Little-known Minneapolis philanthropist is big donor to Dem 527s
This year, the 11th largest contributor to the political advocacy groups known as 527s--with donations totalling $942,000--is a charitable trust in the name of philanthropist Alida Messinger, whose Federal Election Commission filings list three addresses, two of them in Minneapolis. A philanthropist with an unusually low profile, Messinger is the fourth child of John D. Rockefeller III, the sister of West Virginia Democratic Sen. John D. Rockefeller IV, and the ex-wife of Minnesota's own Sen. Mark Dayton.
During the last presidential election, a kind of political advocacy organization known as the 527 committee came into its own. MoveOn and America Coming Together were the most visible examples of the 527s, which get their catchy name from the section of the U.S. tax code that enables their existence. The backstory of the committees' rise is a fascinating allegory on why trying to get big money out of politics is akin to trying to unscramble an egg; if you want to know more, feel free to step away from Blotter for a moment to read City Pages' July 2004 primer on this shady branch of the money trail.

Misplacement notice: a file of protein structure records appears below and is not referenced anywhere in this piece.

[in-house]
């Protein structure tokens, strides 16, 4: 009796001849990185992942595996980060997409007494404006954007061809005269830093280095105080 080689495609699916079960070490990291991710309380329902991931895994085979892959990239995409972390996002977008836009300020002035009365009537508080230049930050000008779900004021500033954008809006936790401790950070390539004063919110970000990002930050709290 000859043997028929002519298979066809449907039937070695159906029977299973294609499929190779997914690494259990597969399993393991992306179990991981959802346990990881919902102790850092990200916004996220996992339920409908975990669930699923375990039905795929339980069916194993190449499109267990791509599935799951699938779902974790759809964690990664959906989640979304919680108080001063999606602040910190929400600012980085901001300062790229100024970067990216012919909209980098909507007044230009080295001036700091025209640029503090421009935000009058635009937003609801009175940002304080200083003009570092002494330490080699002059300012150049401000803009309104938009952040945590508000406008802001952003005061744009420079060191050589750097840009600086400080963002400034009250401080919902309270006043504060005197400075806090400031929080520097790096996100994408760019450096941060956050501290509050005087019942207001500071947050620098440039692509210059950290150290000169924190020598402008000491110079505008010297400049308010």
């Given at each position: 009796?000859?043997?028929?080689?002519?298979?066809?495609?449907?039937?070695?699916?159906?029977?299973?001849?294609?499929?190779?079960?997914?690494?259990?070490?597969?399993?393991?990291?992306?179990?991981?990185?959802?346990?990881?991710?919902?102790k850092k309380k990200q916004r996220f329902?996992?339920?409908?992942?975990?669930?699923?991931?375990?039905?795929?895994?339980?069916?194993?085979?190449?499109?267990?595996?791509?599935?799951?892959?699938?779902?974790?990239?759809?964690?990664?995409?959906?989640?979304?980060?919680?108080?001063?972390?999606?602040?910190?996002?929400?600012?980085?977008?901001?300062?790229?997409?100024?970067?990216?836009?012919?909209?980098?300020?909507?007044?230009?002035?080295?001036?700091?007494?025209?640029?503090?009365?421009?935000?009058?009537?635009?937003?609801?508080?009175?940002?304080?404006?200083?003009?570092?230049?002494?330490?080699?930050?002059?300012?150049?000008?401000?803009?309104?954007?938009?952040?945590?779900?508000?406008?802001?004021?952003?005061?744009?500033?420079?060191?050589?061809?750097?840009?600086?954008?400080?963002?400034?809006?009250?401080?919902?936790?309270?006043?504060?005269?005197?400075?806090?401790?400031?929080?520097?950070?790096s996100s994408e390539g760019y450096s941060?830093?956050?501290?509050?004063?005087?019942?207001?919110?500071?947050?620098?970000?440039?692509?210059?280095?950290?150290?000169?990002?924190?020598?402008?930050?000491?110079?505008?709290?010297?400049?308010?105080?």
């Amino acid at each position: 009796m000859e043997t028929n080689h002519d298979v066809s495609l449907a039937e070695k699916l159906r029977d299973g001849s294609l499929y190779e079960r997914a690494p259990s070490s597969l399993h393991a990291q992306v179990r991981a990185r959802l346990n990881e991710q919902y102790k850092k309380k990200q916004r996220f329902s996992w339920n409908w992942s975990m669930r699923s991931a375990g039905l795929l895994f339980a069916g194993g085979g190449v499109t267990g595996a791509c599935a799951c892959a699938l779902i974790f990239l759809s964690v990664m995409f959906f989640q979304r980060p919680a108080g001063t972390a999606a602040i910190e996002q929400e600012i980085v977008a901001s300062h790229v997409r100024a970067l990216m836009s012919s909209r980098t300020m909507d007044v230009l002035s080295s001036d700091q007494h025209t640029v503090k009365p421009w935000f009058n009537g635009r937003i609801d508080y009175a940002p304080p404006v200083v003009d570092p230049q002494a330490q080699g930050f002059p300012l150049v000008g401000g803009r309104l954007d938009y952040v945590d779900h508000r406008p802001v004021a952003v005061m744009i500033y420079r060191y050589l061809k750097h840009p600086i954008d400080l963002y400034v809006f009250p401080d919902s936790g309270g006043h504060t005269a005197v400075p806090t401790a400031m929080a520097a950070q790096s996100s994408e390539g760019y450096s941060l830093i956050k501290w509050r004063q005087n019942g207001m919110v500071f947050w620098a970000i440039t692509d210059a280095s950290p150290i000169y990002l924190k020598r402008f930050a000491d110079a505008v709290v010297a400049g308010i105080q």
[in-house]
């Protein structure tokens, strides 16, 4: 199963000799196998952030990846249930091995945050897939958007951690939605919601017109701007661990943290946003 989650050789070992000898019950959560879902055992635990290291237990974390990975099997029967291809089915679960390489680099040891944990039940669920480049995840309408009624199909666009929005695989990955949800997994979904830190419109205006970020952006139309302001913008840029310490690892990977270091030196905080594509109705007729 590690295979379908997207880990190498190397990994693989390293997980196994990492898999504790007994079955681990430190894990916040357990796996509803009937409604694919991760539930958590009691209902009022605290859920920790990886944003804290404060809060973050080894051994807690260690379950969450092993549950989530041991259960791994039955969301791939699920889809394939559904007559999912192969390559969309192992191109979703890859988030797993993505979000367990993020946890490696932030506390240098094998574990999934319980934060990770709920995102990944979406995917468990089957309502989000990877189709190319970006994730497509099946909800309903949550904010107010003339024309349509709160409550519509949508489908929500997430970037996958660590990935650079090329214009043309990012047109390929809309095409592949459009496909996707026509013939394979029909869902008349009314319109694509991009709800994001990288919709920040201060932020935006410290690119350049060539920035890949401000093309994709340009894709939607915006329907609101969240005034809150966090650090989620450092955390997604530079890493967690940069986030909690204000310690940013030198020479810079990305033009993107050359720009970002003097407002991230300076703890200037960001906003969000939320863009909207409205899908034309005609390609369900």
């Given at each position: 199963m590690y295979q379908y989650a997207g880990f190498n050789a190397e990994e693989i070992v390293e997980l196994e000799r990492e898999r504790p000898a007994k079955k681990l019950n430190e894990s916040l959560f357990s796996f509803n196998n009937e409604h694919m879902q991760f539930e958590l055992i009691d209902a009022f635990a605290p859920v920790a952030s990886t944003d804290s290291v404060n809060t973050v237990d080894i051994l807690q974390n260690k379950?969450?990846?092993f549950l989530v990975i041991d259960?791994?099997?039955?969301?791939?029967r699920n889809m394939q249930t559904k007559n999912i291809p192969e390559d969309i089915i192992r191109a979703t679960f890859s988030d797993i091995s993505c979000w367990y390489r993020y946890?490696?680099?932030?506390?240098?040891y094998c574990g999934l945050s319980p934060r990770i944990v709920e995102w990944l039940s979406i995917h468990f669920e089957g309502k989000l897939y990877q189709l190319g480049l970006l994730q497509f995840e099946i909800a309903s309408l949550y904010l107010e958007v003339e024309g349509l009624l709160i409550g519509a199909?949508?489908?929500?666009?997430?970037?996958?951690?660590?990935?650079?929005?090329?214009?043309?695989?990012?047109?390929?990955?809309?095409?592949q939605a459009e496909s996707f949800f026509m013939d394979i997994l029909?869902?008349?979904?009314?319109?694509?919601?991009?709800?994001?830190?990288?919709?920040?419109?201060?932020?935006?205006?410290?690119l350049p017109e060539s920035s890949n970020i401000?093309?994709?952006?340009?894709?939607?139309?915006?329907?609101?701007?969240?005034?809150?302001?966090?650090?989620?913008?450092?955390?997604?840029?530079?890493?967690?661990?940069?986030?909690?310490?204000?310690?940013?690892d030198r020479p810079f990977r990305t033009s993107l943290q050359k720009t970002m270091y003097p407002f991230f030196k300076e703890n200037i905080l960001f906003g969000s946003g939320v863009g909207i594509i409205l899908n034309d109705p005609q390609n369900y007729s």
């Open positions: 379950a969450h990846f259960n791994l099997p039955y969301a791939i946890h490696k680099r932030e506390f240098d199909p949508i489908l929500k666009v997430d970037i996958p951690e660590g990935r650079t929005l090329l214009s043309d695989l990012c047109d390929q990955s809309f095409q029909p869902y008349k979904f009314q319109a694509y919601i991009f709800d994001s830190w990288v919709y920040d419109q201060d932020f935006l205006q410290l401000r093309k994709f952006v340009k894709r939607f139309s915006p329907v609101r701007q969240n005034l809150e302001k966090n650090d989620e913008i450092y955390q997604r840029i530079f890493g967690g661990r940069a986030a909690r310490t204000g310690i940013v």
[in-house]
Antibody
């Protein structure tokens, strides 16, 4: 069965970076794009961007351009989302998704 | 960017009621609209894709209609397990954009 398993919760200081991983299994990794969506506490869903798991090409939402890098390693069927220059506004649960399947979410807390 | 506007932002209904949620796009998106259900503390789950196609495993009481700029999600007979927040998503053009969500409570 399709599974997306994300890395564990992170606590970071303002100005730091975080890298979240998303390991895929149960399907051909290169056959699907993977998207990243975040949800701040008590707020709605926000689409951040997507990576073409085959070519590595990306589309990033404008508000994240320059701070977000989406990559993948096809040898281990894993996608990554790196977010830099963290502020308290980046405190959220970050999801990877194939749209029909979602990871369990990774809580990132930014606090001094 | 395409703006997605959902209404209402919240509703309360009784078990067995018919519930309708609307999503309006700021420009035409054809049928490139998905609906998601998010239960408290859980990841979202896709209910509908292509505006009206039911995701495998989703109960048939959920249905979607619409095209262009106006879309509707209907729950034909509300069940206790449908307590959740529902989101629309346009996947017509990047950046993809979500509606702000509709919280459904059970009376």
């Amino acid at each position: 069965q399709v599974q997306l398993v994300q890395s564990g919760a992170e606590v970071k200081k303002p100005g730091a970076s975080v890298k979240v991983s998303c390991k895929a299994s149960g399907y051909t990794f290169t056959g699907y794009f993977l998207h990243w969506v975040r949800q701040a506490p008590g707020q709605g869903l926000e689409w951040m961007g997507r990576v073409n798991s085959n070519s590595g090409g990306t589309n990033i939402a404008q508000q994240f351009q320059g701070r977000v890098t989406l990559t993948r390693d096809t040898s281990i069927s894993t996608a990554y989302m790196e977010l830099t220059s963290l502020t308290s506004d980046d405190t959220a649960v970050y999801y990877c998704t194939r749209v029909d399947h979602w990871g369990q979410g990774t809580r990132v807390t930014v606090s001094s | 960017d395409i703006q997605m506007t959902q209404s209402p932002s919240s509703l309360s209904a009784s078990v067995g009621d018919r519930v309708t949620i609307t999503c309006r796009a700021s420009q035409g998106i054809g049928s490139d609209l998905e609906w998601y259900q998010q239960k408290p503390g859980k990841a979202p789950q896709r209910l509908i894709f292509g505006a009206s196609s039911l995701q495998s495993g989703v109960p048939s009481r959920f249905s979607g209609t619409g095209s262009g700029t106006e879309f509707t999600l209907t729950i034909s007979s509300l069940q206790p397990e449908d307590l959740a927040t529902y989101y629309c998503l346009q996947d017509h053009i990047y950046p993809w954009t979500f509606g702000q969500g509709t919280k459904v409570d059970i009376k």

The gist, for the purposes of this post: 527s gave Democratic candidates an unexpected boost because their rules--unlike the ones governing good old-fashioned campaign finance--allow unlimited donations from individuals. Individual Democrats have generally been thought to have more personal wealth than Republicans. And so back in the old days, aka the 1980s and '90s, limits on campaign spending by individuals worked to the advantage of GOP candidates, who tend to get their big money from businesses and other bundled-donations arrangements.
According to the campaign finance watchdog agency the Center for Responsive Politcs, Messinger's 527 contributions have gone to the League of Conservation Voters, the State Conservation Voters Fund, Defenders of Wildlife Action Fund, EMILY's List, America Votes 2006, Grassroots Democrats, and America Coming Together. Not too shabby, but also not nearly as much as the $3.6 million Messinger spent on 527s in '04.
To put that $4.6 million in perspective, Messinger's contributions to candidates and to party committees in the 2002, 2004, and so far in the 2006 cycles totals almost $700,000. Almost half a million of that went to the Democratic Senate Campaign Committee, and another $100,000 to PACs and other party committees. Individual candidates--Messinger gave to nearly 50 here and elsewhere--divvied up the puny $100,000 remainder.
Messinger has also spent on state politics, earning her the dubious label "Liberal ATM Machine With A Taste For Attack Politics" and her own webpage on a Minnesota Republican Party website dedicated to lambasting Attorney General and gubernatorial hopeful Mike Hatch.